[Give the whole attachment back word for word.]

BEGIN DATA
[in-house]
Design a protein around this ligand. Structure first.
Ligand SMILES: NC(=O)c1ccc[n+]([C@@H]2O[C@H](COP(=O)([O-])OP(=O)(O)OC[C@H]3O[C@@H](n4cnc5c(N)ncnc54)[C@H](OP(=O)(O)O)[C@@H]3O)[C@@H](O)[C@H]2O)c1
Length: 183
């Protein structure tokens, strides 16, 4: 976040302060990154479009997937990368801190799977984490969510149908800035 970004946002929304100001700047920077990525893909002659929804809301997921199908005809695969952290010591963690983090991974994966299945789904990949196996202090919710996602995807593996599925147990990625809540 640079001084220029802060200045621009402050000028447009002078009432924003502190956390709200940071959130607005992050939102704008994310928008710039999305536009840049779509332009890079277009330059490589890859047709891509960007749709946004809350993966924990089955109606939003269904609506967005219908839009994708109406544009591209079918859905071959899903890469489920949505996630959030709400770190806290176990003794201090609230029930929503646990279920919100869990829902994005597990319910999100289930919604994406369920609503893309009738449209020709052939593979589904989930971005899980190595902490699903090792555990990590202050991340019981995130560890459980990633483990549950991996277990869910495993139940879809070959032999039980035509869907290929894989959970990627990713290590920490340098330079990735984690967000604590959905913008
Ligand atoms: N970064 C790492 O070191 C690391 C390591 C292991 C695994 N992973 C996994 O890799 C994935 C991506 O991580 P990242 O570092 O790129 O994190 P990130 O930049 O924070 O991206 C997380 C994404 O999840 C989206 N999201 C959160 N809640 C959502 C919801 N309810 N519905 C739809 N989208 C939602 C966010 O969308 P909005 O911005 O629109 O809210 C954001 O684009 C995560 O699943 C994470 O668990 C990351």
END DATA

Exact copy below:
[in-house]
Design a protein around this ligand. Structure first.
Ligand SMILES: NC(=O)c1ccc[n+]([C@@H]2O[C@H](COP(=O)([O-])OP(=O)(O)OC[C@H]3O[C@@H](n4cnc5c(N)ncnc54)[C@H](OP(=O)(O)O)[C@@H]3O)[C@@H](O)[C@H]2O)c1
Length: 183
């Protein structure tokens, strides 16, 4: 976040302060990154479009997937990368801190799977984490969510149908800035 970004946002929304100001700047920077990525893909002659929804809301997921199908005809695969952290010591963690983090991974994966299945789904990949196996202090919710996602995807593996599925147990990625809540 640079001084220029802060200045621009402050000028447009002078009432924003502190956390709200940071959130607005992050939102704008994310928008710039999305536009840049779509332009890079277009330059490589890859047709891509960007749709946004809350993966924990089955109606939003269904609506967005219908839009994708109406544009591209079918859905071959899903890469489920949505996630959030709400770190806290176990003794201090609230029930929503646990279920919100869990829902994005597990319910999100289930919604994406369920609503893309009738449209020709052939593979589904989930971005899980190595902490699903090792555990990590202050991340019981995130560890459980990633483990549950991996277990869910495993139940879809070959032999039980035509869907290929894989959970990627990713290590920490340098330079990735984690967000604590959905913008
Ligand atoms: N970064 C790492 O070191 C690391 C390591 C292991 C695994 N992973 C996994 O890799 C994935 C991506 O991580 P990242 O570092 O790129 O994190 P990130 O930049 O924070 O991206 C997380 C994404 O999840 C989206 N999201 C959160 N809640 C959502 C919801 N309810 N519905 C739809 N989208 C939602 C966010 O969308 P909005 O911005 O629109 O809210 C954001 O684009 C995560 O699943 C994470 O668990 C990351």